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N31915 accident description

Vermont map... Vermont list
Crash location 44.530000°N, 72.300000°W
Nearest city Hardwick, VT
44.529220°N, 72.345662°W
2.2 miles away
Tail number N31915
Accident date 01 Sep 2013
Aircraft type Aeronca 65CA
Additional details: None

NTSB Factual Report

On September 1, 2013, approximately 1030 eastern daylight time, an Aeronca 65CA, N31915, was substantially damaged during a forced landing following a total loss of engine power after takeoff from a private airfield in Hardwick, Vermont. The certificated private pilot and passenger were seriously injured. Visual meteorological conditions prevailed, and no flight plan was filed for the flight. The personal flight was conducted under the provisions of Title 14 Code of Federal Regulations Part 91.

The pilot reported that a preflight inspection revealed no anomalies of the airplane. The airplane's fuel tank contained 6.5 gallons of fuel, and a fuel sample exhibited no contaminants. The pilot started the engine and observed no abnormal indications on the engine gauges. A subsequent engine run-up check also revealed no anomalies, and the pilot initiated the takeoff roll from the turf runway utilizing a short-field takeoff procedure. Shortly after the airplane lifted off the runway, the engine began "misfiring" and experienced a total loss of power. The pilot maneuvered the airplane straight ahead, and it subsequently impacted the base of a large tree, resulting in substantial damage to the forward fuselage, engine firewall, and left wing.

The pilot held a private pilot certificate with a rating for airplane single-engine land. His most recent Federal Aviation Administration (FAA) third-class medical certificate was issued August 2, 2013. The pilot reported 92.5 total hours of flight experience, of which 46.8 hours were in the accident airplane make and model.

The tailwheel-equipped airplane was manufactured in 1941, and was purchased by the pilot in September 2008. The airplane's most recent annual inspection was completed on May 6, 2013 at a total airframe time of 1533.56 hours and a total tachometer time of 215.36 hours. Review of maintenance logs showed that an overhauled carburetor, new mixture control cable, and new carburetor heat control cable were installed in the airplane on June 22, 2013, and a subsequent test run of the engine was performed with no anomalies noted. There was no documentation regarding when or by whom the carburetor overhaul was performed. At the time of the accident, the airplane had accumulated approximately 7.5 hours since its most recent annual inspection.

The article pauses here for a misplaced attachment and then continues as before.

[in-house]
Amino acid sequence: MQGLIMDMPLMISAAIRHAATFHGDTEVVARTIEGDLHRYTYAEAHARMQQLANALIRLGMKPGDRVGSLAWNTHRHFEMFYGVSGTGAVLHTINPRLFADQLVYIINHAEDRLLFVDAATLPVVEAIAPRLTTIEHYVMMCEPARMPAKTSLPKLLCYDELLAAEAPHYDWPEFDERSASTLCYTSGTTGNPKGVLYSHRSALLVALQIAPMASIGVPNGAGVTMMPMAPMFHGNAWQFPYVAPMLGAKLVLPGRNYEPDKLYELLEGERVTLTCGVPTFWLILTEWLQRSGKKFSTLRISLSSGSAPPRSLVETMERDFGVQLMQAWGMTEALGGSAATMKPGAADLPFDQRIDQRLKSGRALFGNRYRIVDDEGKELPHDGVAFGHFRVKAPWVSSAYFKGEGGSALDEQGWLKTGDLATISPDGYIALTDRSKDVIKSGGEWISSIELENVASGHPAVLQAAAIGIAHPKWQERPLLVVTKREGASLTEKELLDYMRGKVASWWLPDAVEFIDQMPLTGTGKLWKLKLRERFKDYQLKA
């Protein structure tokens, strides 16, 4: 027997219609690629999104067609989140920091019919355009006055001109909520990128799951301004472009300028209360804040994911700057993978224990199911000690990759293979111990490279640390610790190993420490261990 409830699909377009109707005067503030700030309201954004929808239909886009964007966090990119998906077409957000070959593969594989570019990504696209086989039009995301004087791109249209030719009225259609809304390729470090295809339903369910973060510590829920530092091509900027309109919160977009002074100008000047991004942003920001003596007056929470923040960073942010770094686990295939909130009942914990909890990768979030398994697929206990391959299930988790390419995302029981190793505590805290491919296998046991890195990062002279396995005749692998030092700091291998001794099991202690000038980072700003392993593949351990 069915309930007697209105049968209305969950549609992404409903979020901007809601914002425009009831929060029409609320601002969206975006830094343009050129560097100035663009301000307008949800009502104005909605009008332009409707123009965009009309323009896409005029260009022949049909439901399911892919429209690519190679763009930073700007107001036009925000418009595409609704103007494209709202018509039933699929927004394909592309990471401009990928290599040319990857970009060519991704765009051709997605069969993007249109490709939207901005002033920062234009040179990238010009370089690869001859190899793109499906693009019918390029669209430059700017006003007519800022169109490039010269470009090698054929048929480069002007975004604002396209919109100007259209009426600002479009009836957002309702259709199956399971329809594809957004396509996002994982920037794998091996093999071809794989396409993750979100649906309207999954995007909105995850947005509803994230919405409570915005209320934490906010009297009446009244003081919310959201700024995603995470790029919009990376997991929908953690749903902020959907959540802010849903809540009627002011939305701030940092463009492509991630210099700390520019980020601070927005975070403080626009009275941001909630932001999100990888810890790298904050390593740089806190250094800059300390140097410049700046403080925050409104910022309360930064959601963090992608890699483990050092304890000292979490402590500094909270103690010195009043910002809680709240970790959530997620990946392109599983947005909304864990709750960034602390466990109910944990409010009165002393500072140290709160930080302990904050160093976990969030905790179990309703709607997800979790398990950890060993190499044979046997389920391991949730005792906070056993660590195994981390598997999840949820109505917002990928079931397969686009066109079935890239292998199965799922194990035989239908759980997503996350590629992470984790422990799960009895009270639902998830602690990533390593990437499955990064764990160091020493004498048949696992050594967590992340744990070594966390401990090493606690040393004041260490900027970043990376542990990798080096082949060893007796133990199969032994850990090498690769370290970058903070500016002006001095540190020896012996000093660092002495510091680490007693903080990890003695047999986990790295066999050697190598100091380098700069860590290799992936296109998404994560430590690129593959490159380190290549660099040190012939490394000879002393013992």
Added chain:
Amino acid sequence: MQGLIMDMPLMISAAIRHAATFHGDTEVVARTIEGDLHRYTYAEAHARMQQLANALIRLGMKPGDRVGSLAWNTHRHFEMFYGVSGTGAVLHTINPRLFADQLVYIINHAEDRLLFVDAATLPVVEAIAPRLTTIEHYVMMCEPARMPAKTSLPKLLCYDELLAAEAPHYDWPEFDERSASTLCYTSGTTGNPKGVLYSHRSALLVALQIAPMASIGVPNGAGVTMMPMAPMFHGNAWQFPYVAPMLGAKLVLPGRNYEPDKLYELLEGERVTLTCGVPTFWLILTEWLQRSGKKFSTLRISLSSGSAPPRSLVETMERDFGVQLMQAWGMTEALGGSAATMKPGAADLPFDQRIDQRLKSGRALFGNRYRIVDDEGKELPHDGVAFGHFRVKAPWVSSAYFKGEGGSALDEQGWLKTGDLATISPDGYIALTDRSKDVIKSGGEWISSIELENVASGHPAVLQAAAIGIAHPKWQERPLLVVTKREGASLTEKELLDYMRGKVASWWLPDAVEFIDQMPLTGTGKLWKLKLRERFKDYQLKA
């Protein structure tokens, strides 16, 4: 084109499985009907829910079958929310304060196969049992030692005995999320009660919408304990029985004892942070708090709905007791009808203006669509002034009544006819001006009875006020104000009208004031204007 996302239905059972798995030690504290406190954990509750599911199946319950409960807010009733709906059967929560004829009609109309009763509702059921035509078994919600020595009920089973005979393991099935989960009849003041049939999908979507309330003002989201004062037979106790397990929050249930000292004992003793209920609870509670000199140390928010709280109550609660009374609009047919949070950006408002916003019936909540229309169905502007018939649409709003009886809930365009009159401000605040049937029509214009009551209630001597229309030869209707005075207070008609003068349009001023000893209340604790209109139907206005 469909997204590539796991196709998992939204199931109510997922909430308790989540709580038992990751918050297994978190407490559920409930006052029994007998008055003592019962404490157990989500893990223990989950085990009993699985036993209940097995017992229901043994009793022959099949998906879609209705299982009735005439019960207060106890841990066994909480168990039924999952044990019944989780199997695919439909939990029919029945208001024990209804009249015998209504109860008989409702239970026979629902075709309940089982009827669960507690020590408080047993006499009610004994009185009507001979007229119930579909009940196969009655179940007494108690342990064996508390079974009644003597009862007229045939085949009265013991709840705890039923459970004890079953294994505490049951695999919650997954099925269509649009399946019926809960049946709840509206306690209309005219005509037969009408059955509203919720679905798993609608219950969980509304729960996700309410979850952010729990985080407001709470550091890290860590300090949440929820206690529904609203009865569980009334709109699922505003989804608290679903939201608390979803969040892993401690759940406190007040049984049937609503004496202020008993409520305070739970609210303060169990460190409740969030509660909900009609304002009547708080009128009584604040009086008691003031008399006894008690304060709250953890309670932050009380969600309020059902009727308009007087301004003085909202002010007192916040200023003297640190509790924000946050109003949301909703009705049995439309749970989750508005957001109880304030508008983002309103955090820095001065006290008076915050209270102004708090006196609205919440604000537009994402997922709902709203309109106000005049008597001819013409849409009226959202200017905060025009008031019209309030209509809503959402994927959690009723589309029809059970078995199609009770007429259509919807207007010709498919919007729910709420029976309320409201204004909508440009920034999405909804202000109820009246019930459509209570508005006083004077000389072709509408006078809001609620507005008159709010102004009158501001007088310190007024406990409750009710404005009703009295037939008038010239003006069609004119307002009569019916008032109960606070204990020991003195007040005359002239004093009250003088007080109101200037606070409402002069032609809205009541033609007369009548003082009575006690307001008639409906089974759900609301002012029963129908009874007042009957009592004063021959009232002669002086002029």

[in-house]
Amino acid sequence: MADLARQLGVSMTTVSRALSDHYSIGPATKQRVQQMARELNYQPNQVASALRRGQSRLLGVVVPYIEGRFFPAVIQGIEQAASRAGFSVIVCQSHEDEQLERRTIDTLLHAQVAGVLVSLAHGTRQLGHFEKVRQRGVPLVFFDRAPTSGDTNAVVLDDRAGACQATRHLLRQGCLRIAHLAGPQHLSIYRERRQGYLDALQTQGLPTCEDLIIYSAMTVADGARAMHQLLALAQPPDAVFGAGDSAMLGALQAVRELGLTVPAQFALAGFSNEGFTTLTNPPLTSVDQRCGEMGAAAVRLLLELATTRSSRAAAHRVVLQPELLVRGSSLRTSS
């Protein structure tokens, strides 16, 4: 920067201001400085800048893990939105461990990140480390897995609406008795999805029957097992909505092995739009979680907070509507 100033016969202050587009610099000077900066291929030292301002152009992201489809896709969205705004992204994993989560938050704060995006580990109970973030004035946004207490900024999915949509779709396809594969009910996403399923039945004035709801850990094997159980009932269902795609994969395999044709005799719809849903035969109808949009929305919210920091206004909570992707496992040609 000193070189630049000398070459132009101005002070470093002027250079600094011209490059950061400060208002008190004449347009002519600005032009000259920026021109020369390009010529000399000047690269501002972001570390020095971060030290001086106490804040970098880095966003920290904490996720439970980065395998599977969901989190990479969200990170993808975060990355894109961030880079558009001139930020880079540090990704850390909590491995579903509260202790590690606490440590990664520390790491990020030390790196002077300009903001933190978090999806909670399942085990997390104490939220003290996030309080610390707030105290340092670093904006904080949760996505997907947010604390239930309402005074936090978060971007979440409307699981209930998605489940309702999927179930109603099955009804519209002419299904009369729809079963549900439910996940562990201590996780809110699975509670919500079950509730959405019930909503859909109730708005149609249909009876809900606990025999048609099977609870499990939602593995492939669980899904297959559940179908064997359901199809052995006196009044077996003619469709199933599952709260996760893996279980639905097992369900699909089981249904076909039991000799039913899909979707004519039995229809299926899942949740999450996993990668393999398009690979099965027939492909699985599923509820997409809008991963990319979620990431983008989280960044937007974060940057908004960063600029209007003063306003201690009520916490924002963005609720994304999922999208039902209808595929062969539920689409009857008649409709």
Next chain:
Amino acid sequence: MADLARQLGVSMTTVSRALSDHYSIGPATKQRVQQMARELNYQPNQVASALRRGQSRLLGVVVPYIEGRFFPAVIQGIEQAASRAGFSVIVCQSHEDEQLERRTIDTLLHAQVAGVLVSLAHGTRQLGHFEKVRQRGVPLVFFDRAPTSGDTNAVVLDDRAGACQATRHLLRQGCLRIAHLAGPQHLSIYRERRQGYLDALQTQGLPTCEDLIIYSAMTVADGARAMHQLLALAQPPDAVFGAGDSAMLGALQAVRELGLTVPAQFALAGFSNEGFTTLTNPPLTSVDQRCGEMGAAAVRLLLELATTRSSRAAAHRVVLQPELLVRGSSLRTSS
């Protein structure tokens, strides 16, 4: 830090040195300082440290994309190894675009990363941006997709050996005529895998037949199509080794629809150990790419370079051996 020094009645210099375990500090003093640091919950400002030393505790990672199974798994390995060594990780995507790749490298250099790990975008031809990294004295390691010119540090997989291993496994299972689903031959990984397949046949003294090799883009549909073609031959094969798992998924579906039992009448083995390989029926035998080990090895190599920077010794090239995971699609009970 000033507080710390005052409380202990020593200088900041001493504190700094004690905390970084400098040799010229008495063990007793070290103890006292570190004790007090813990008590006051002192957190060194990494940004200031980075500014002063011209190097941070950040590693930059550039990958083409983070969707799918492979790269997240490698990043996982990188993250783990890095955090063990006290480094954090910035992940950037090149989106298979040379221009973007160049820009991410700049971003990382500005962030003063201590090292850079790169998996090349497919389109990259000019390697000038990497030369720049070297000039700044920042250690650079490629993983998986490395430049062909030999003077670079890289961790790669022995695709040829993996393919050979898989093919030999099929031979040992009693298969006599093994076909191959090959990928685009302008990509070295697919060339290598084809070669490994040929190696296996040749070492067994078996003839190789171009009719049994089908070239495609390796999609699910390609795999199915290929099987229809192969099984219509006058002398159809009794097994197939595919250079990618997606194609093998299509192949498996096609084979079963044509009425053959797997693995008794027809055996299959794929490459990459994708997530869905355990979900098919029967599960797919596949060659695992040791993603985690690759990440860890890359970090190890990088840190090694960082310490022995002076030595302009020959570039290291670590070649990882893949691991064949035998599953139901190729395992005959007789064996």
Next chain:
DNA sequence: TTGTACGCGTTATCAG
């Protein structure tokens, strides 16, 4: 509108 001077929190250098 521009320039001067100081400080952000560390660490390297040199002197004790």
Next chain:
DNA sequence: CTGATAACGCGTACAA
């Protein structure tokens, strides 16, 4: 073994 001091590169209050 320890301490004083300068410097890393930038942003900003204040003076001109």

The 1054 weather observation at Morrisville-Stowe State Airport (MVL), Morrisville, Vermont, located about 13 nautical miles west of the accident site, included variable wind at 3 knots, 10 statute miles visibility, clear skies, temperature 25 degrees, dew point 17 degrees, and an altimeter setting of 29.90 inches of mercury.

Postaccident examination of the airplane by an FAA inspector revealed that the airplane impacted an approximate 3-foot diameter tree. An odor of fuel was present at the site. Continuity of the flight controls from the cockpit area to all control surfaces was confirmed. As a result of contact with the tree, the engine was significantly damaged, and the crankshaft could not be rotated by hand. Visual inspection of the cylinders revealed no anomalies. Both magnetos were removed, and rotation of their respective input drives produced spark at all terminal leads. The spark plugs were removed and exhibited black sooty deposits. Several of the spark plugs were loose and able to be removed by hand. The carburetor filter was removed, and was absent of debris. The front/pilot seat assembly separated from the airframe during impact, but the pilot and passenger seatbelt webbing remained intact, and both belts remained attached to their respective seat anchor points. Each of the belts' latching mechanisms operated normally.

The carburetor was removed from the engine, disassembled, and examined in detail. When vacuum was applied to the fuel inlet fitting, the float needle was observed to seat improperly, and the manufacturer's specified float level of 13/32" could not be maintained. Application of a ½ psi fuel pressure resulted in the carburetor bowl being filled, and the needle/float being unable to prevent an excessively rich mixture condition. The float was within the manufacturer's weight specification, and when immersed in water heated to 212 degrees F, revealed no evidence of leaks. The main jet, air bleed, and idle air tube orifices were absent of any obstructions and met the manufacturer's dimensional specifications.

The airplane was subject to FAA Airworthiness Directive (AD) 47-30-08, which required modification of the seat belt anchorage to prevent failure during a crash landing. Review of FAA airworthiness records revealed an Application for Airworthiness Certificate dated September 13, 1948, stating that the airplane conformed to all applicable airworthiness directives, including AD 47-30-08. Review of maintenance logs also revealed an entry dated April 23, 2009 which stated, "[complied with] AD 47-30-08 by welding seat as per AD seat mod." Examination of the accident airplane revealed "L"-shaped gussets welded onto the corners of the fore and aft seat tube support structure in accordance with the modification described by the AD.

NTSB Probable Cause

The improper maintenance of the carburetor, which resulted in a total loss of engine power due to carburetor flooding. 

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